Why the Stimulus Failed
By Arthur C. Brooks @ National Review (September 25, 2012)
A majority disapproves of the president’s 2009 stimulus, and according to a 2010 CNN poll, about three-quarters of Americans believe the money was mostly wasted.
Of course, the measure of economic success is not public opinion, but the factual effects of policy. The emerging evidence on various spending programs shows that Americans’ intuition is correct: The Keynesian deficit spending has been poorly designed and badly executed, and it has had little benefit for our economy.
The reason is straightforward. As many economists have found, most government spending has relatively little effect on the economy, and any effects are generally short-lived. For example, Harvard economist Alberto Alesina and his colleagues show in a new National Bureau for Economic Research study across many countries that government spending has little connection to GDP growth, making spending cuts ideal for balancing budgets without provoking a recession — but this also means that spending does little to stimulate economies. Alesina finds, however, that tax changes have large macroeconomic effects; that is, tax increases reliably depress the economy.
Again, this is not political dogma, but empirical reality. A new study published in the International Review of Economics shows that there is a direct and clear link between economic freedom and prosperity. Studying economic-freedom measures ranging from tax rates to regulation to government spending, the study authors find that from 2004 to 2008, economically freer OECD countries consistently outperformed those that were less economically free.
Is the prescription for the next administration, then, no government spending, and a move toward a minimum-tax, super-capitalist state that will gut all public services? The administration would have Americans believe that is the philosophy of today’s Ryanista Republicans. As President Obama put it in his Osawatomie, Kan., speech last December, “Their philosophy is simple: We are better off when everybody is left to fend for themselves and play by their own rules.”
This is nonsense. Conservatives today understand the importance of a reliable safety net for the truly indigent and the necessity of dealing with certain market failures. Further, there is universal support on the political right for opportunity-equalizing government policies, such as publicly funded education (ideally, administered for the benefit of children as opposed to rent-seeking bureaucrats and teachers’ unions).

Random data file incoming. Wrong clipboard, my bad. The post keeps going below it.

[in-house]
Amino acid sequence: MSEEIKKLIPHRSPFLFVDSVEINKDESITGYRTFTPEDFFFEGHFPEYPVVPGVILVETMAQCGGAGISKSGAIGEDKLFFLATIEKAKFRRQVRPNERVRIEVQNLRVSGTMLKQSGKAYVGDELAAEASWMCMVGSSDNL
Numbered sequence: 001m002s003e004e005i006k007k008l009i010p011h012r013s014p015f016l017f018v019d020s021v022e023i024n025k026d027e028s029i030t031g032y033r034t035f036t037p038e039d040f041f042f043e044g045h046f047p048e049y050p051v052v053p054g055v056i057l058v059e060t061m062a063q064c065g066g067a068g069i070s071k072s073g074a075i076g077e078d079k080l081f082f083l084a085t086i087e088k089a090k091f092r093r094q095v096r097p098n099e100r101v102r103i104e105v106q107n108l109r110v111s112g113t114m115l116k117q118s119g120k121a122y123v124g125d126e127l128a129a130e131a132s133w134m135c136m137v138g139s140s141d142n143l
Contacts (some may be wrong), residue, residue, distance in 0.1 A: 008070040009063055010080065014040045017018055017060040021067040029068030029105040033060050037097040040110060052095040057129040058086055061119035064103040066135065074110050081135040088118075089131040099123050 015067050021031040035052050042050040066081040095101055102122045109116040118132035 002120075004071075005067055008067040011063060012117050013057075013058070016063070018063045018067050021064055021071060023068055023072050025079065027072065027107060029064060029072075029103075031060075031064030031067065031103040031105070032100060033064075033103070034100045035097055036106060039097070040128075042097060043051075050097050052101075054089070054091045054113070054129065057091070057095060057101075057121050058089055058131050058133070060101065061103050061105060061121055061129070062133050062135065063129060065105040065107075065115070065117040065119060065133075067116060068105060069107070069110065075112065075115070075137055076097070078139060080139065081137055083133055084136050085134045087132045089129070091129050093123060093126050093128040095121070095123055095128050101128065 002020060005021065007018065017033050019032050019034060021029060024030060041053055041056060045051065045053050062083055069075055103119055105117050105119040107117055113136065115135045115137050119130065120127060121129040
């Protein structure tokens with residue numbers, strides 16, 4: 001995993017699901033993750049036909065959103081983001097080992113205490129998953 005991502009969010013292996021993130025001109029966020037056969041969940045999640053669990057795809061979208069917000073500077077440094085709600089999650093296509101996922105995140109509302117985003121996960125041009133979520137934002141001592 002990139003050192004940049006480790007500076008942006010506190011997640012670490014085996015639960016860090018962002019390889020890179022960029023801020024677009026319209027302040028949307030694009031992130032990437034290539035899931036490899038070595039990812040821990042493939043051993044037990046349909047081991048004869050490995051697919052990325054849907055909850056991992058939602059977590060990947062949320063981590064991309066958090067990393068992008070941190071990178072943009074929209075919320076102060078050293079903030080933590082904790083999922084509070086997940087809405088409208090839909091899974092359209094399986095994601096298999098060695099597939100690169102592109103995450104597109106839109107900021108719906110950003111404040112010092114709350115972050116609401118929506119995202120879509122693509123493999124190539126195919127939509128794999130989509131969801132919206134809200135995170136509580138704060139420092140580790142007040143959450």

But conservatives also know that when it comes to economic progress, the best government philosophy is one that starts every day with the question, “What can we do today to get out of Americans’ way?” In other words, the president should not ask what new agency or program the government can create to stimulate, bail out, or redistribute from this group to that one. That will ultimately add to our problems, rob more from our children, and make it harder to create the jobs, opportunity, and growth our country needs. The president should instead ask these questions: What tax barrier to small business can we lower; what competition-killing regulation can we rescind; what unfair crony-tax loophole can we close?
These are not new insights. Thomas Jefferson summarized them best when he famously said:
‘A wise and frugal Government, which shall restrain men from injuring one another, shall leave them otherwise free to regulate their own pursuits of industry and improvement, and shall not take from the mouth of labor the bread it has earned. This is the sum of good government.’
Most Americans understand these truths, and the next administration must hew to them if it wants to succeed in breaking our government out of its cycle of incompetence, failure, and excuses. This is not political propaganda or an untested theory. It is practical reality based on economic truth.